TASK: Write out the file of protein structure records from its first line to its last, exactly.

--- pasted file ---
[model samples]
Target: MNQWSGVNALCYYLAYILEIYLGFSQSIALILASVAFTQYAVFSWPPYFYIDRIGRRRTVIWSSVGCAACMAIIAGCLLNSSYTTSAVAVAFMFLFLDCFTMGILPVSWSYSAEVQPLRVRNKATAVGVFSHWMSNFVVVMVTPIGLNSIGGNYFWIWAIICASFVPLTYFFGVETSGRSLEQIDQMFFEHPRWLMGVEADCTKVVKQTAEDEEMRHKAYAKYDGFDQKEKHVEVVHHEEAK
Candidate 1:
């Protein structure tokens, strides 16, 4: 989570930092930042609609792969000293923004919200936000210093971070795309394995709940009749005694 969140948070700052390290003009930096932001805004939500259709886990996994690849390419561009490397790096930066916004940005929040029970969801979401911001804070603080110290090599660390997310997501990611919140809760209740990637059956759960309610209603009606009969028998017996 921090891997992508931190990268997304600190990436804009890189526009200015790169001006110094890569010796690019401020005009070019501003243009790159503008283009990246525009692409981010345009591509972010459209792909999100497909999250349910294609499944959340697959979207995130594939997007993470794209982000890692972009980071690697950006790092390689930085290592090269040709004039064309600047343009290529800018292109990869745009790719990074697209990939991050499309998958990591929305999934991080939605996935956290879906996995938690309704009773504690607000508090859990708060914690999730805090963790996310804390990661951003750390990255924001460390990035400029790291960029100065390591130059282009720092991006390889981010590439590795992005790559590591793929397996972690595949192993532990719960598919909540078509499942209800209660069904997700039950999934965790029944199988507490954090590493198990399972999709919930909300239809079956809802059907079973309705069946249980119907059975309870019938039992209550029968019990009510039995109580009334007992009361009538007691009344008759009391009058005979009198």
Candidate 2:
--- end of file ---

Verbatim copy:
[model samples]
Target: MNQWSGVNALCYYLAYILEIYLGFSQSIALILASVAFTQYAVFSWPPYFYIDRIGRRRTVIWSSVGCAACMAIIAGCLLNSSYTTSAVAVAFMFLFLDCFTMGILPVSWSYSAEVQPLRVRNKATAVGVFSHWMSNFVVVMVTPIGLNSIGGNYFWIWAIICASFVPLTYFFGVETSGRSLEQIDQMFFEHPRWLMGVEADCTKVVKQTAEDEEMRHKAYAKYDGFDQKEKHVEVVHHEEAK
Candidate 1:
């Protein structure tokens, strides 16, 4: 989570930092930042609609792969000293923004919200936000210093971070795309394995709940009749005694 969140948070700052390290003009930096932001805004939500259709886990996994690849390419561009490397790096930066916004940005929040029970969801979401911001804070603080110290090599660390997310997501990611919140809760209740990637059956759960309610209603009606009969028998017996 921090891997992508931190990268997304600190990436804009890189526009200015790169001006110094890569010796690019401020005009070019501003243009790159503008283009990246525009692409981010345009591509972010459209792909999100497909999250349910294609499944959340697959979207995130594939997007993470794209982000890692972009980071690697950006790092390689930085290592090269040709004039064309600047343009290529800018292109990869745009790719990074697209990939991050499309998958990591929305999934991080939605996935956290879906996995938690309704009773504690607000508090859990708060914690999730805090963790996310804390990661951003750390990255924001460390990035400029790291960029100065390591130059282009720092991006390889981010590439590795992005790559590591793929397996972690595949192993532990719960598919909540078509499942209800209660069904997700039950999934965790029944199988507490954090590493198990399972999709919930909300239809079956809802059907079973309705069946249980119907059975309870019938039992209550029968019990009510039995109580009334007992009361009538007691009344008759009391009058005979009198």
Candidate 2: